In the context of Tanzania, where no medical dispatch centres exist, bystanders usually call police officers to report crashes. Police officers in our study found such bystander calls to facilitate their arrival at the crash location. Quantitative studies are needed to understand the level of awareness, use of emergency call numbers, and effectiveness of calls in facilitating first aid intervention.

Lack of, or inadequate, resources may also prevent police officers from providing first aid care. For example, a lack of gloves may prevent bleeding control out of the provider’s fear of becoming infected. A similar finding was reported in a study involving participants who are not police officers [26]. Lack of first aid resources create a dilemma in the management of trauma victims as the intention to intervene conflicts with personal safety concerns. This may ultimately lead to withholding care. Lack of reliable and appropriate transport to and from the crash scene was another barrier that affected timely and proper first aid care. Due to inadequate ambulances, the vehicles of passing motorists are often expropriated, complicating victim care because the vehicles lack adequate space and basic equipment. Similar transportation concerns have been previously reported [27,28,29].

Our participants reported unencouraging hospital atmosphere as a potential barrier to their using first aid skills and a drain on their morale. According to the WHO’s essential trauma care guideline, trauma victims must be stabilised at the first hospital before being referred to higher hospitals for definitive care [30]. Unfortunately, significant number of patients in Tanzania do not receive this care and may wait several hours before being referred to an advanced hospital [31]. This can discourage responders from fully engaging in care. They often think that their efforts are wasted by complicated and lengthy admission processes, particularly when a trauma victim has no known relatives to cover the treatment and associated costs. Moreover poor communications and lack of role clarity were perceived by responders to contribute to poor interactions with emergency department healthcare providers. This calls for establishment of strategies to improve good cooperation between first responders and healthcare providers at hospitals.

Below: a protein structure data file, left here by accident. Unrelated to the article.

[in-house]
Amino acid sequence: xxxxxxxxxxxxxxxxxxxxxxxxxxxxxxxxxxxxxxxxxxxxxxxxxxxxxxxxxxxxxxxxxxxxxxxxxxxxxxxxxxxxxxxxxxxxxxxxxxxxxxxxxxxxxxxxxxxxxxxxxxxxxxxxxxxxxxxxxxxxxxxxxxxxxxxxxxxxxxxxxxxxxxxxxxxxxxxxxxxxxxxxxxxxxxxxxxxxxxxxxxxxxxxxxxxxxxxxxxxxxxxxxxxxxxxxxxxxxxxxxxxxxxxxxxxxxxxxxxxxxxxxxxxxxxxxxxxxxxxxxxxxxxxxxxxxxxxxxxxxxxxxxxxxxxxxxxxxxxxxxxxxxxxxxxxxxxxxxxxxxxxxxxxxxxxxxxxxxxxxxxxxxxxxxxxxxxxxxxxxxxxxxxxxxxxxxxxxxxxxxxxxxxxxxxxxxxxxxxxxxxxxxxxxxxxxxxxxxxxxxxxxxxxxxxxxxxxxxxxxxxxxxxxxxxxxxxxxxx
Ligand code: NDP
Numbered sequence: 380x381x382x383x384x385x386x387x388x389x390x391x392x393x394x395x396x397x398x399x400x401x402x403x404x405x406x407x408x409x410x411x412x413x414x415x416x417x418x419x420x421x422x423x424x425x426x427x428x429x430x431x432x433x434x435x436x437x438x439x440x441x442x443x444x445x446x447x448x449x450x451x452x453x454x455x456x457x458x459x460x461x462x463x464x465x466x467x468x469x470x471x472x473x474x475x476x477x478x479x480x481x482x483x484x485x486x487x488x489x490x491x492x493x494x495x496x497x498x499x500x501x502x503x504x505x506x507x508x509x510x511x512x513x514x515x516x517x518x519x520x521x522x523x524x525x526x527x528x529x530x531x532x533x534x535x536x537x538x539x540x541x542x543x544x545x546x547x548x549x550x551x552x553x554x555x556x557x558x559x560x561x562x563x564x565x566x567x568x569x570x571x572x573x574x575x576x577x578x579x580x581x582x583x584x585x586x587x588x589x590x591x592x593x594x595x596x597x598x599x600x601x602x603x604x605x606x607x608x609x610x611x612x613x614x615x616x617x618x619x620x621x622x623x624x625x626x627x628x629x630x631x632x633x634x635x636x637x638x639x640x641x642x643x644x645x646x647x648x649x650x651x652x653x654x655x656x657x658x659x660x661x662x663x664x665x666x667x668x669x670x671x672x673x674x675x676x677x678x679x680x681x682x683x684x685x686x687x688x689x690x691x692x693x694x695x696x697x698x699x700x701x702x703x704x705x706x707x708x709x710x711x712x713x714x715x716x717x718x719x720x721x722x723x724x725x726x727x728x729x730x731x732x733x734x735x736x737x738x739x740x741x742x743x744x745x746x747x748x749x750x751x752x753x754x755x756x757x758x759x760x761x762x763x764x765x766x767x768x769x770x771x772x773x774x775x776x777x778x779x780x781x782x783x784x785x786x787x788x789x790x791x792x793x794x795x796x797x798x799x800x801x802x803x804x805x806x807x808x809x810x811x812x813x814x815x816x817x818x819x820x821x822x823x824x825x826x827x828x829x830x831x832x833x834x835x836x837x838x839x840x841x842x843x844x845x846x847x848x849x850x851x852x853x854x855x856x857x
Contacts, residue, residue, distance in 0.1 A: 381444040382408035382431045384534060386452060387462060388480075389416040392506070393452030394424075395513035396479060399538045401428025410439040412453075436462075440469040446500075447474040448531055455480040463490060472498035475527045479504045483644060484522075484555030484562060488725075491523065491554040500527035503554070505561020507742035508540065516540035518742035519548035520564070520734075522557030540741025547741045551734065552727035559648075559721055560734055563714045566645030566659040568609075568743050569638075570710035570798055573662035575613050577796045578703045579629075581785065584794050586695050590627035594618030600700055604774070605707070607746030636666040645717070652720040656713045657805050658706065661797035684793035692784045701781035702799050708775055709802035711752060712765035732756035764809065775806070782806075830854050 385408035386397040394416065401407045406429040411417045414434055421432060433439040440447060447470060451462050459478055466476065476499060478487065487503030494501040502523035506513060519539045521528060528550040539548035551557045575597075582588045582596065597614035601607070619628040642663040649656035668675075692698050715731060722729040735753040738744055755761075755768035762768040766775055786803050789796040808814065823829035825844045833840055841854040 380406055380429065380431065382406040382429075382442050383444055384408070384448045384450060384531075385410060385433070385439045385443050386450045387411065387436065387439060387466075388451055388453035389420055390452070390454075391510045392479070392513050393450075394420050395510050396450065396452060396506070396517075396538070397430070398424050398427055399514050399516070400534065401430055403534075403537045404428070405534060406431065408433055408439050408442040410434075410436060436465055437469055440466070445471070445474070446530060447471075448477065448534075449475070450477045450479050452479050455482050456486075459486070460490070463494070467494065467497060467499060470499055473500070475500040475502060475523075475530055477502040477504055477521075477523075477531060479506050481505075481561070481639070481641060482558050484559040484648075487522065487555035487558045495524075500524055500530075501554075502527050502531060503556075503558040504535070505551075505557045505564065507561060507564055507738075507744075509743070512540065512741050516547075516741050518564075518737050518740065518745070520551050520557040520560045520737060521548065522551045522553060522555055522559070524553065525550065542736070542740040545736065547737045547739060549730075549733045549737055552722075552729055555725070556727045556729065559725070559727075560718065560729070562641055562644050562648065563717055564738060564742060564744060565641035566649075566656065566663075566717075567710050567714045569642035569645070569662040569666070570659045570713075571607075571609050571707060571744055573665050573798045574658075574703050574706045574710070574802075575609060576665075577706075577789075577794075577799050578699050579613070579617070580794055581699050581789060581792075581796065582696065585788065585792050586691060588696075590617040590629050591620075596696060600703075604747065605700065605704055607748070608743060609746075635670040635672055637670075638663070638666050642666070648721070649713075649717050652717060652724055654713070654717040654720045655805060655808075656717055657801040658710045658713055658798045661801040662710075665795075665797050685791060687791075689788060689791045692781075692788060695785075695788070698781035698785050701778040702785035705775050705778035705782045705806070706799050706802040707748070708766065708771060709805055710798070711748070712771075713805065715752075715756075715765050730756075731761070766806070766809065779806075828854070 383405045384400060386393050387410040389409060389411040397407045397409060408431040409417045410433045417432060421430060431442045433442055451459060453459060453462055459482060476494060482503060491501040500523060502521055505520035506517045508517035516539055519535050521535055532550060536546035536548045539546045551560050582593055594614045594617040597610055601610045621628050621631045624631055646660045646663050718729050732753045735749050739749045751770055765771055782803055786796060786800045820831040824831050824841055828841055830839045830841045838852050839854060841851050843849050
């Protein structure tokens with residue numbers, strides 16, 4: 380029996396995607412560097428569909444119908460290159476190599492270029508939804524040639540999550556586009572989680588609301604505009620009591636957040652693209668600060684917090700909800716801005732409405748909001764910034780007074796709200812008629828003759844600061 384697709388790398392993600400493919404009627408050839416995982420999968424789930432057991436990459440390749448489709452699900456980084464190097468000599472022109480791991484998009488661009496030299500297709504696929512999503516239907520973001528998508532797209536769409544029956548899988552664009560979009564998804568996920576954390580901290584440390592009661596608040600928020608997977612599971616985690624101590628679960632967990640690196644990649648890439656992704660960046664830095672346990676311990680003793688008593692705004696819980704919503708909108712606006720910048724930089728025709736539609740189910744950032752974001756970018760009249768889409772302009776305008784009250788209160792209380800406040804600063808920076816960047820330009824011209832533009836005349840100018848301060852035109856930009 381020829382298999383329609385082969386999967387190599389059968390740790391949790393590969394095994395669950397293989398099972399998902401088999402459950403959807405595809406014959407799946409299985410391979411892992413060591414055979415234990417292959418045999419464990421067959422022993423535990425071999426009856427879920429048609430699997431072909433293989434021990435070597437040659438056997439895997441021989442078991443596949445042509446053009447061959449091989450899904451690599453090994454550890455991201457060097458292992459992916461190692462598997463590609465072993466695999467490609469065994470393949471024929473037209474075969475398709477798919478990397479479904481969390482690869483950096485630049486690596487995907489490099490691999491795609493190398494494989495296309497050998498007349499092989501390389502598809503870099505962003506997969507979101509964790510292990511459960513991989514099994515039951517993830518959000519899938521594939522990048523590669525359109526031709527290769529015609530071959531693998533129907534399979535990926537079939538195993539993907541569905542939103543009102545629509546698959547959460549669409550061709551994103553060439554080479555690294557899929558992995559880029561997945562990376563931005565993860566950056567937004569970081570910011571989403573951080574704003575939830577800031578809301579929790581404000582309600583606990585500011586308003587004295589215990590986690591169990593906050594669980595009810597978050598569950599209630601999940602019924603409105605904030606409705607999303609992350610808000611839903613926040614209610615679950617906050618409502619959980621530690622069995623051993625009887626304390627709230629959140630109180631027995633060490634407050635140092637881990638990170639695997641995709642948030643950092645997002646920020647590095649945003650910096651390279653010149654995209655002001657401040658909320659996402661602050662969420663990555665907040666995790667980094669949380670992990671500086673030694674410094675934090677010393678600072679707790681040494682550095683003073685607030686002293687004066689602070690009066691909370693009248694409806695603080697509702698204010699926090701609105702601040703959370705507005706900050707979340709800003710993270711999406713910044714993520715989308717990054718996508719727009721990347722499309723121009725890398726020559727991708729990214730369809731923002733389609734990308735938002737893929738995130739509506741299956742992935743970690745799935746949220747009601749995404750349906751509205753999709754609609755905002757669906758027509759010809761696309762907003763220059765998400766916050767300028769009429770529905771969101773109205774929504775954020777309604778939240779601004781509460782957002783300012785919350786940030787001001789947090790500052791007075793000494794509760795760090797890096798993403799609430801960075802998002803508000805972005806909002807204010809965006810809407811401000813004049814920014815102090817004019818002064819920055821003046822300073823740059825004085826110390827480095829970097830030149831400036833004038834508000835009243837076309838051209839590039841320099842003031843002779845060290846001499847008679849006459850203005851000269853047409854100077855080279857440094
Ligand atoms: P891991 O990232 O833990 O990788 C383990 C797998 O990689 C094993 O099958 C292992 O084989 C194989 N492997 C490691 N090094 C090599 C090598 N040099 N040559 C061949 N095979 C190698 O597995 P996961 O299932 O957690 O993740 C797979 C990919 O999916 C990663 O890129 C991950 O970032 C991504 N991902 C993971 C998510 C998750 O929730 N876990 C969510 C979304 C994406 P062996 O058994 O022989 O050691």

Implications for prehospital care practice

Findings from this study show how issues related to physical, social, resource and work system influence the opportunity of police officers to use their trained first aid skills in the prehospital environment. We suggest that these issues are addressed by relevant authorities so as to facilitate the use of first aid skills in settings with similar challenges. In a police force were implementation of most decisions are influenced by personal rank or seniority, we suggest that both senior and junior police officers participate on-the –job first-aid training programmes, this may improve teamwork and care given to road crash victims. We further suggest regular meetings between police officers and healthcare providers in various platforms to address mutual challenges in order to improve care of road crash victims.

Limitation of the study

The current study is based on police officers’ views and experiences of using their first aid skills at work. Other people such as drivers may be involved in providing initial assistance to trauma victims, and their views may differ with those of the police officers in explaining prehospital care challenges.